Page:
Friday, May 4, 2012

[Flashback Friday] 5.48 - Sewing Machine Embroidery Skulls

Welcome to another addition of Flashback Friday.** This year the guest editors, Tatman, Citizen Agent, and myself, Azurafae are taking turns reflecting on 17 of our personal favorite skulls from the previous four years of postings. So please join us as we visit the archives and add our additional commentary on some of the original pieces.

I wanted to play with a free motion embroidery sewing machine foot for years. My involvement in the Skull-A-Day project gave me a great excuse to purchase the special sewing machine foot and use it to make a skull. As you all know, I love Dia de los Muertos, so I created a simple style sugar skull with accompanying stylized marigolds. I've been machine sewing since I was 12, so the majority of the sewing, though free motion, wasn't terribly difficult. Sewing the details on the skull was more challenging, but sewing slowly gave me a lot of control.

When it came around time for me to make my quilt square for the Skull-A-Day and Becky's Fund Quilt Project, I used a combination of the new free motion embroidery skill I had learned, and older embroidery and beading skills that I'd been building on since I was 4 years old. Since the machine embroidery was over a piece of fabric, after sewing, I stiffened the fabric and sealed the fraying edges with clear acrylic paint. This is one of my favorite embroidery pieces to create, since it combines a variety of techniques of a skill I'm proud to do.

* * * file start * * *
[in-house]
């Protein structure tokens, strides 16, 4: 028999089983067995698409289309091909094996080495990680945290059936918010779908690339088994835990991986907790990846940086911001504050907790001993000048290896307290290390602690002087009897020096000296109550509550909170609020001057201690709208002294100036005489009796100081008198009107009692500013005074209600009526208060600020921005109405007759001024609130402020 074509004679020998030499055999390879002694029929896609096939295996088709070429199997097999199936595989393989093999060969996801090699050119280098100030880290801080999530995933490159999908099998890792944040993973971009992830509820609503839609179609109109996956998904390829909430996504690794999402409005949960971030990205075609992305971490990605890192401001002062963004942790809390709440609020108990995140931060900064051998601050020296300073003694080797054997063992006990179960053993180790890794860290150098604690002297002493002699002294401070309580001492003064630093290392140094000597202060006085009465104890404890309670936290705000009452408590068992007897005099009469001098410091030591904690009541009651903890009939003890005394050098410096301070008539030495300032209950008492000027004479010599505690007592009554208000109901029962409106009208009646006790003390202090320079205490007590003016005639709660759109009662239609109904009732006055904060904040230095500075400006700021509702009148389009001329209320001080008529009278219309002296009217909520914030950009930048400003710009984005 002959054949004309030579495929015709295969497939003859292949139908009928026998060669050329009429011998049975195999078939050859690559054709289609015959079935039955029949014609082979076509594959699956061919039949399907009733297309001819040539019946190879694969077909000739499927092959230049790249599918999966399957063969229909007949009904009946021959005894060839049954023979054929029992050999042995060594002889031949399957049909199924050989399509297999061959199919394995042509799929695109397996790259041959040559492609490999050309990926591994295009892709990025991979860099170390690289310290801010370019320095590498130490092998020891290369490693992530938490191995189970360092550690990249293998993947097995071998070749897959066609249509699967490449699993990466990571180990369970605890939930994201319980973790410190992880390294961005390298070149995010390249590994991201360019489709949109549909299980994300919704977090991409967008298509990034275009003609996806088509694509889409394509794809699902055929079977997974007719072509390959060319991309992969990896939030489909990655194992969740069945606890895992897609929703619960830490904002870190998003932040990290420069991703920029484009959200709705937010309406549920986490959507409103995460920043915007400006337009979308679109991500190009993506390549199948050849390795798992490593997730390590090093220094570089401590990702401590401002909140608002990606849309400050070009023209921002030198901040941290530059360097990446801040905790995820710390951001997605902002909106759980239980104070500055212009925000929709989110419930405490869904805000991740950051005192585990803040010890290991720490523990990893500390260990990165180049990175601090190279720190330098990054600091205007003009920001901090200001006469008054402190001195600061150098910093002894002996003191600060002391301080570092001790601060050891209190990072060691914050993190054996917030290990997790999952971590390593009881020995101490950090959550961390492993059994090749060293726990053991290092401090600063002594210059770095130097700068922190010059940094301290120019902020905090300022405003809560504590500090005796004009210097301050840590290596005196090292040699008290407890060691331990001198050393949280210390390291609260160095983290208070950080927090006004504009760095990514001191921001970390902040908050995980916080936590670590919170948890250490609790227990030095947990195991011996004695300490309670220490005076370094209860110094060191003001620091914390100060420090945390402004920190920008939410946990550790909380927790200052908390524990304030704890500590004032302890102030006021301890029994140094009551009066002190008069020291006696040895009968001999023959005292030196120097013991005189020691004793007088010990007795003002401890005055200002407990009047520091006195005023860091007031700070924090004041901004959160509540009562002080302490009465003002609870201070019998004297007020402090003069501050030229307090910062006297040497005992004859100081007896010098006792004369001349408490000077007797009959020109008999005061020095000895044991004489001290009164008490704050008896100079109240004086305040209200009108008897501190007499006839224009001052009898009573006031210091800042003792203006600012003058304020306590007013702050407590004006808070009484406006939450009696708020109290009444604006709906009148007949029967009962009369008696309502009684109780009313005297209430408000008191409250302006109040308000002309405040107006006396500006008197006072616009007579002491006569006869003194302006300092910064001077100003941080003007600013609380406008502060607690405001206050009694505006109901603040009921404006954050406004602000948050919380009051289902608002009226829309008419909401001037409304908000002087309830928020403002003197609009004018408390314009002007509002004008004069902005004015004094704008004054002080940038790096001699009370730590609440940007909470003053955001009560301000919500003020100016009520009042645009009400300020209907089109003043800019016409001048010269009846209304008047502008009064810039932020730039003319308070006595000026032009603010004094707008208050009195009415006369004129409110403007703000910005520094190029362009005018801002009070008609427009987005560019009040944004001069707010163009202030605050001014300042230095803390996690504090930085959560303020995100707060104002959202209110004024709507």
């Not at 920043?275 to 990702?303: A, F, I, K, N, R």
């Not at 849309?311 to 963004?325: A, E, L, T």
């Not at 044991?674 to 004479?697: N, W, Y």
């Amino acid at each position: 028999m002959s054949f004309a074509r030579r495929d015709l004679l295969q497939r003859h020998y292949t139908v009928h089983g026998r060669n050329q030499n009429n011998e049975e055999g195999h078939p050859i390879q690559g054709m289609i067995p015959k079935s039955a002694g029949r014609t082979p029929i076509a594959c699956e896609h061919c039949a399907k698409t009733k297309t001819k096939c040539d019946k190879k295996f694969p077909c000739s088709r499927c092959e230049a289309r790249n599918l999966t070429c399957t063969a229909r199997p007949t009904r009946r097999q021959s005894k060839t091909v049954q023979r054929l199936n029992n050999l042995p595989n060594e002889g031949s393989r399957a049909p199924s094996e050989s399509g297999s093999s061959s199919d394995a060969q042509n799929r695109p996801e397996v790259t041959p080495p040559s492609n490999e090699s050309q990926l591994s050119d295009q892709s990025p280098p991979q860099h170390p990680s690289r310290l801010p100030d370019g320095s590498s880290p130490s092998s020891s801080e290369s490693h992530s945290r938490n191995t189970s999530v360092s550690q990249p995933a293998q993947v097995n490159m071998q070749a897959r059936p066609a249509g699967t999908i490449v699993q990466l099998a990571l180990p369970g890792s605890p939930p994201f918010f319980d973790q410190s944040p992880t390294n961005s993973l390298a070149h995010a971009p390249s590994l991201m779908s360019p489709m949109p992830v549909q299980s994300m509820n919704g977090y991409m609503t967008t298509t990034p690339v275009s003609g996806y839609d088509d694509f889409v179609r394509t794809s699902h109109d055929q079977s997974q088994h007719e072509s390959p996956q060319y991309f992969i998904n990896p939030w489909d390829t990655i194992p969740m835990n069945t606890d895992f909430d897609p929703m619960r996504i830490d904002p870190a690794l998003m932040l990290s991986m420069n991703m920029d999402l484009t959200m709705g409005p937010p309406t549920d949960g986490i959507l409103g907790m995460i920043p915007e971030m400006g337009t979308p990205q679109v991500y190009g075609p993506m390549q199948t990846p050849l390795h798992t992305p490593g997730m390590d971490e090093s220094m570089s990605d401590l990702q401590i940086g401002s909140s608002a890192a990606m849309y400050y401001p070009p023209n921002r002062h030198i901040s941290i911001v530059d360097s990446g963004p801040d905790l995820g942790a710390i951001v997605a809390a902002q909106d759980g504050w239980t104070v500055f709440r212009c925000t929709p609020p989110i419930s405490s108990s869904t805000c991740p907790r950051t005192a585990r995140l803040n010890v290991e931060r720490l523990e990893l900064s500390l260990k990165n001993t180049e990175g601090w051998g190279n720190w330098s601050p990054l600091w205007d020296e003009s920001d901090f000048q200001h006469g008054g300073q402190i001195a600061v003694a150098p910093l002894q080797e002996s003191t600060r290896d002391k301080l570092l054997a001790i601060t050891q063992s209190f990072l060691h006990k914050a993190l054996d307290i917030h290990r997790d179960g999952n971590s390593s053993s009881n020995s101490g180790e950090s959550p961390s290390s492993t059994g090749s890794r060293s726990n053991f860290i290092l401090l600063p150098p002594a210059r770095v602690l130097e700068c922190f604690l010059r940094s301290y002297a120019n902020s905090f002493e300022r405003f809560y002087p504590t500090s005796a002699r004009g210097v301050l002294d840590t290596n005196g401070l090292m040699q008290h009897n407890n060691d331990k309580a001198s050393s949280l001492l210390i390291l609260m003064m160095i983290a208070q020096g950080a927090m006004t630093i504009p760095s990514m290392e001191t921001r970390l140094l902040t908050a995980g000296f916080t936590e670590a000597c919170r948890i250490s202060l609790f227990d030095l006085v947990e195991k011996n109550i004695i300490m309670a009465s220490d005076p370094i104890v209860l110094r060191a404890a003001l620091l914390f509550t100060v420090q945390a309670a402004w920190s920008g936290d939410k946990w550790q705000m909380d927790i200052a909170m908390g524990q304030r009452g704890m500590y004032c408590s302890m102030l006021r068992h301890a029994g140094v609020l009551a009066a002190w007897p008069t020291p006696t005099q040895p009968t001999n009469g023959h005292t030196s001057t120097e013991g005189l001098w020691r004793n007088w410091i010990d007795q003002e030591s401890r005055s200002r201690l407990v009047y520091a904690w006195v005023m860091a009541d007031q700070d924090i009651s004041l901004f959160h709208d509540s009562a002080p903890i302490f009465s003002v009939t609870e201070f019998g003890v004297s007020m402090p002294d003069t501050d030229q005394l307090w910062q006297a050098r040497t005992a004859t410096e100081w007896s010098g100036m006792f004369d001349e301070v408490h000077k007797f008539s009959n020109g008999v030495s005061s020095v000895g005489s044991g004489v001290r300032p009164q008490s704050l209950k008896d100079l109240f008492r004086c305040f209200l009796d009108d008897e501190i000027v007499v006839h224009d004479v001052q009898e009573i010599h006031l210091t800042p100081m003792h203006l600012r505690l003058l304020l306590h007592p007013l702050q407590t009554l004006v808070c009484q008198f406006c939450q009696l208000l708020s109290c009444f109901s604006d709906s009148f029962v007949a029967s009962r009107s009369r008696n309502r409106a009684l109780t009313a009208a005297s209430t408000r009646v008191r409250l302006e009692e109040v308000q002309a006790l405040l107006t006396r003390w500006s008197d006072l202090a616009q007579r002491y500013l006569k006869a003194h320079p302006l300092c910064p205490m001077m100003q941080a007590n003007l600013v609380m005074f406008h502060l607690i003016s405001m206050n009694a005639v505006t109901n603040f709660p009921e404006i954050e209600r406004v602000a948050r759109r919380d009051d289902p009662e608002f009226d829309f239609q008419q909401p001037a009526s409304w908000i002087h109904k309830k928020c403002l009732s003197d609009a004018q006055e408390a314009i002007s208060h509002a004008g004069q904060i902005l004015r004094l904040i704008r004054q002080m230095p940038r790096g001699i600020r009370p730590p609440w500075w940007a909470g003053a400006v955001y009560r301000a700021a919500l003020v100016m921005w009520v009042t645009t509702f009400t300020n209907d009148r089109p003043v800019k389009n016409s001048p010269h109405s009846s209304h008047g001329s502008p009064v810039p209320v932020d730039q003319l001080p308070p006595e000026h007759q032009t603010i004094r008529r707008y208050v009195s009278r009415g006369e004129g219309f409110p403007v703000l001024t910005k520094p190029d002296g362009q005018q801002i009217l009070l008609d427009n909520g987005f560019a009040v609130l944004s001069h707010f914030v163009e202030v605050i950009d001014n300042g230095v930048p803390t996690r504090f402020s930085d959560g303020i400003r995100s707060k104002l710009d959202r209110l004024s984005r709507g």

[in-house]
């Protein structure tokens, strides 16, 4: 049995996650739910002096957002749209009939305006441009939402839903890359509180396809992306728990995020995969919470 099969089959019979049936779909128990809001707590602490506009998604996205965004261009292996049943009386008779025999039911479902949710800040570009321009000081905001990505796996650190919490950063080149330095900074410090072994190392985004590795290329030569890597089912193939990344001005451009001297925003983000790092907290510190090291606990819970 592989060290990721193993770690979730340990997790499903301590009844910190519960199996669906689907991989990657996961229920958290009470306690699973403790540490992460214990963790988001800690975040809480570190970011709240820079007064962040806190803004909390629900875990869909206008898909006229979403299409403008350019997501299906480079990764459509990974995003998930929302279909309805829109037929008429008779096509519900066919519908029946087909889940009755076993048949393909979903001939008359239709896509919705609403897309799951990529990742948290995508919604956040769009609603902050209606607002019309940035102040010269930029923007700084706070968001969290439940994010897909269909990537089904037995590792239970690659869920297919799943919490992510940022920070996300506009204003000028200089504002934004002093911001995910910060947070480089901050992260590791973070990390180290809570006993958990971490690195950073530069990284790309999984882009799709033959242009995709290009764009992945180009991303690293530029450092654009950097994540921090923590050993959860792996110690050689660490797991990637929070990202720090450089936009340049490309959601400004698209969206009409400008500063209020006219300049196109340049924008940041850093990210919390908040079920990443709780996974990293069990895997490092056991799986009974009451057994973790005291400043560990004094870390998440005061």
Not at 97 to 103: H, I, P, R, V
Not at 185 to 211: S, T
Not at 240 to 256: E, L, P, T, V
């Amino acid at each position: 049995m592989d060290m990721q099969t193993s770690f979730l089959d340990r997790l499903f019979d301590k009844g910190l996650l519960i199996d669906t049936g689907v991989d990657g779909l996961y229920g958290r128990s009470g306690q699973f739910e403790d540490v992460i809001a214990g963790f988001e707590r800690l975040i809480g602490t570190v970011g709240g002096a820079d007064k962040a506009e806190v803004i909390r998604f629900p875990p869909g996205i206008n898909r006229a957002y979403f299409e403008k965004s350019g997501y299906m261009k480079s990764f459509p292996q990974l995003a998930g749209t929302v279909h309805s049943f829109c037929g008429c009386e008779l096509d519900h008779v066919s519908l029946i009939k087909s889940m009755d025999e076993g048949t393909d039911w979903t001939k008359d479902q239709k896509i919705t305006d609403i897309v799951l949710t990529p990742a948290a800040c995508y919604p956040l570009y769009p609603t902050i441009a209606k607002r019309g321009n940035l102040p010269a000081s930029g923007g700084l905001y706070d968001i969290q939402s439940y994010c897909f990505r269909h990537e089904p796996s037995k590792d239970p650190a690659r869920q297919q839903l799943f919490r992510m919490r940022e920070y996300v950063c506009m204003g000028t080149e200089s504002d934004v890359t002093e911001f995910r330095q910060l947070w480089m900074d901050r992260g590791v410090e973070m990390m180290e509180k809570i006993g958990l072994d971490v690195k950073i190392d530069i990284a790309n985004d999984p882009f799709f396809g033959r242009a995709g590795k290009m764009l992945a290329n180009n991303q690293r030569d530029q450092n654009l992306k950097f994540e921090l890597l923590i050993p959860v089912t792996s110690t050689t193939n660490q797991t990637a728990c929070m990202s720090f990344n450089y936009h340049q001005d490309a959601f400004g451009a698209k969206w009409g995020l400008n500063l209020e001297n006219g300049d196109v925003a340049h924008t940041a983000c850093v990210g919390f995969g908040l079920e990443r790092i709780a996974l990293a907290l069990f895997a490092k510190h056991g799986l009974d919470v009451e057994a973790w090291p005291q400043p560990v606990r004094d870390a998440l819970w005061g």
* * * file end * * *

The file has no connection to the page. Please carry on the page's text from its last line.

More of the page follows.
I was aware that Noah had created this skull using a sewing machine. I asked him one day if he did it with the same type of foot that I had used. He hadn't. He used the standard sewing machine foot and forced the fabric through the feed dogs. If you aren't familiar with what "feed dogs" are, they are the metal ridges that help feed the fabric through the sewing area of a sewing machine, by gripping onto the fabric pressed against the sewing foot. This makes drastically changing the straight direction of the fabric while sewing, difficult. Looking at Noah's piece again, I notice the almost etch-a-sketch feel to it, since the sewing was done by pulling the fabric in a non-straight direction while sewing, and using the backwards button to form long zig zag stitches. This is very difficult to do, so I commend him on being able to do this and creating a successful image of a skull. When doing embroidery with the specialty foot, the feed dogs are down, so there is no traction while sewing and you can freely sew without an encouraged direction.

 **Flashback Friday was a weekly countdown of the fan selected top 52 skulls of Skull-A-Day 1.0. Each week during year 3.0 The Skullmaster posted the original skull along with some additional commentary in order from lowest to highest rated, with the #1 skull appearing in the last week of year 3.0, all 52 can be found here. During year 4.0 the editors had their chance to countdown their favorites Azurafae HERE, Citizen Agent HERE, and Tatman HERE.

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